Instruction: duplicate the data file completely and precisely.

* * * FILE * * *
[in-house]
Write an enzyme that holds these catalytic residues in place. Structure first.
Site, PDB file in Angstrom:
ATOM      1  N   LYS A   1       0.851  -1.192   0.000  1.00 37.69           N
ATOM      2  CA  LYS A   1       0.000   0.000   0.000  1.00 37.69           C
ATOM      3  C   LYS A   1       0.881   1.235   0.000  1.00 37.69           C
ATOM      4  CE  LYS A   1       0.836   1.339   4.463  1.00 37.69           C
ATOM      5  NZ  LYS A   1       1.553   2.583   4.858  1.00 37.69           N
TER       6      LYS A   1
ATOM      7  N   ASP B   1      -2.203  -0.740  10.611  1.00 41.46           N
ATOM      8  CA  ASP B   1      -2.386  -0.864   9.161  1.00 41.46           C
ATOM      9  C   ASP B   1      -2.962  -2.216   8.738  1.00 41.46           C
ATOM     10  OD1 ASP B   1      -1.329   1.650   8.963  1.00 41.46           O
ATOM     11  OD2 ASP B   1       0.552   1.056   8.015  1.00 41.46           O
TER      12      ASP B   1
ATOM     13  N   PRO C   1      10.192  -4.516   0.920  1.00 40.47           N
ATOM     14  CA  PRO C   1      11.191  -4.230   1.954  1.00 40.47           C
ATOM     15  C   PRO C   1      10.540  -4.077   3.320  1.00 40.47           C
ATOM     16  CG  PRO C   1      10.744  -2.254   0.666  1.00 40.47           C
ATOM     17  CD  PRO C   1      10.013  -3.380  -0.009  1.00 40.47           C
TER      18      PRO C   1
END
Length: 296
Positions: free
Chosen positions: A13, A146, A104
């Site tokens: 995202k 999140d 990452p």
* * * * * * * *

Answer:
[in-house]
Write an enzyme that holds these catalytic residues in place. Structure first.
Site, PDB file in Angstrom:
ATOM      1  N   LYS A   1       0.851  -1.192   0.000  1.00 37.69           N
ATOM      2  CA  LYS A   1       0.000   0.000   0.000  1.00 37.69           C
ATOM      3  C   LYS A   1       0.881   1.235   0.000  1.00 37.69           C
ATOM      4  CE  LYS A   1       0.836   1.339   4.463  1.00 37.69           C
ATOM      5  NZ  LYS A   1       1.553   2.583   4.858  1.00 37.69           N
TER       6      LYS A   1
ATOM      7  N   ASP B   1      -2.203  -0.740  10.611  1.00 41.46           N
ATOM      8  CA  ASP B   1      -2.386  -0.864   9.161  1.00 41.46           C
ATOM      9  C   ASP B   1      -2.962  -2.216   8.738  1.00 41.46           C
ATOM     10  OD1 ASP B   1      -1.329   1.650   8.963  1.00 41.46           O
ATOM     11  OD2 ASP B   1       0.552   1.056   8.015  1.00 41.46           O
TER      12      ASP B   1
ATOM     13  N   PRO C   1      10.192  -4.516   0.920  1.00 40.47           N
ATOM     14  CA  PRO C   1      11.191  -4.230   1.954  1.00 40.47           C
ATOM     15  C   PRO C   1      10.540  -4.077   3.320  1.00 40.47           C
ATOM     16  CG  PRO C   1      10.744  -2.254   0.666  1.00 40.47           C
ATOM     17  CD  PRO C   1      10.013  -3.380  -0.009  1.00 40.47           C
TER      18      PRO C   1
END
Length: 296
Positions: free
Chosen positions: A13, A146, A104
């Site tokens: 995202k 999140d 990452p």